Although this definition reflects the psychological component of the aftermath of the divorce, it does not inclusively cover the fact that Mut‘at-al-ṭalāq is first the right of the divorcee from the accumulated wealth of the household whereof she was part and a full partner in ownership. In accordance with Islamic Shari’ah, Mut‘at-al-ṭalāq is one of the three fixed rights that are due to women beside their owed shares of inheritance: the dowry at the time of the marriage performance; the maintenance throughout the course of the marriage; the Mut‘at-al-ṭalāq after the occurrence of the irrevocable divorce ; and their allocated shares of inheritance upon the death of the husband.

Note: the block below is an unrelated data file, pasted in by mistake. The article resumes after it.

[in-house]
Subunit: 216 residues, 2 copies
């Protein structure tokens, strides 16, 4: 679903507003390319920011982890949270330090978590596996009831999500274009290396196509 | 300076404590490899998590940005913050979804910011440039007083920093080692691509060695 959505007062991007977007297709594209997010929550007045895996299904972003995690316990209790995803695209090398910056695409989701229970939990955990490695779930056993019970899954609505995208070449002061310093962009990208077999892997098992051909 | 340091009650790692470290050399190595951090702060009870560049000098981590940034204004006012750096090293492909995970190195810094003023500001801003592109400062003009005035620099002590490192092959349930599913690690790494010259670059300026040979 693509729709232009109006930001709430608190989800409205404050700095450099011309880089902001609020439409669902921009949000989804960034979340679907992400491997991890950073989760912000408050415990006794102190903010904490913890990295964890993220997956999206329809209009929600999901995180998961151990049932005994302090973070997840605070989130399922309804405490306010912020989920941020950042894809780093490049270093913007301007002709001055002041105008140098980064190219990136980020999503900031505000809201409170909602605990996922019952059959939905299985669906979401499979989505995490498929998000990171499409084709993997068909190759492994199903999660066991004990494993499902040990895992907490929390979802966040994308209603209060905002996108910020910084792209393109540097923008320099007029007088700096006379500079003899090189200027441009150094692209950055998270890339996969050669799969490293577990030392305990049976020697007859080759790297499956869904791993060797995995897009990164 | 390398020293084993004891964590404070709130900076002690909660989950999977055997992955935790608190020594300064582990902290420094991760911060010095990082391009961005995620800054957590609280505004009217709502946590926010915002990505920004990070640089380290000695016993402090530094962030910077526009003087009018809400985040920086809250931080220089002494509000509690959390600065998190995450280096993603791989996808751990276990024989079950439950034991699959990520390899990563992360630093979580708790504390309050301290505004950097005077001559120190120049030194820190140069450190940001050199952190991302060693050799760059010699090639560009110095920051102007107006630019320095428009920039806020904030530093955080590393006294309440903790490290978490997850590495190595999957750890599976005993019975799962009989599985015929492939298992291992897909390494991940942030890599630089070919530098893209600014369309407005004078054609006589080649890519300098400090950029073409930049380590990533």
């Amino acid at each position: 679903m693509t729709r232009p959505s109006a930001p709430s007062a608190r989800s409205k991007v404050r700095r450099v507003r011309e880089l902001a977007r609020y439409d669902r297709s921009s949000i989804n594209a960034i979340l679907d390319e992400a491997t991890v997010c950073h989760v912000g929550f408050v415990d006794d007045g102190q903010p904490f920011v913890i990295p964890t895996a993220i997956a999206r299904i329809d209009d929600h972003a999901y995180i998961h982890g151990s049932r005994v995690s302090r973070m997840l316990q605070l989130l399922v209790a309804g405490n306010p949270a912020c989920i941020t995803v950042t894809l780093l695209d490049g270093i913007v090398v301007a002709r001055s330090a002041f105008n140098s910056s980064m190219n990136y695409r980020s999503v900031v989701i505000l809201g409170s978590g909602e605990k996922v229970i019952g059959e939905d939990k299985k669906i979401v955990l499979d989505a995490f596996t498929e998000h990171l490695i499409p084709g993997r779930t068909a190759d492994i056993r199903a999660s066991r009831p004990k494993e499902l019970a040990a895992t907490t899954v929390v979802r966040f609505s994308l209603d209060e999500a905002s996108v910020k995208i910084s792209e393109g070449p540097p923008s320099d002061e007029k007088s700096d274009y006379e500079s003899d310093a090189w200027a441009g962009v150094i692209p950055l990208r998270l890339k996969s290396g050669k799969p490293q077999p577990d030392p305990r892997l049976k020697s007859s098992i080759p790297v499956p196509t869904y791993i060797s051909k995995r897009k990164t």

Post-Divorce Support (Mut‘at-al-ṭalāq ) in the Holy Qur’an
Mut‘at-al-ṭalāq is profoundly rooted in the divine scripture as clearly illustrated in the following Qur’anic verses:
There is no blame on you if you divorce women before consummation or the fixation of their dowry; but bestow on them Mut‘at-al-ṭalāq , the wealthy according to his means and the poor according to his means; (such Mut‘at of a reasonable amount is due from those who wish to do the right thing (i.e.Mut‘at-al-ṭalāq ). 
“And for divorced women is a suitable Mut‘at. This is a duty on the righteous.” 
O, Prophet, say to your wives: if you desire the life of this world and its glitter, then come! I will make a provision for you and set you free in a handsome manner (i.e. divorce you all). 
O you who believe! When you marry believing women and then divorce them before you touched them, no prescribed waiting period should be imposed on them, but grant them the Mut‘at and set them free in a handsome manner.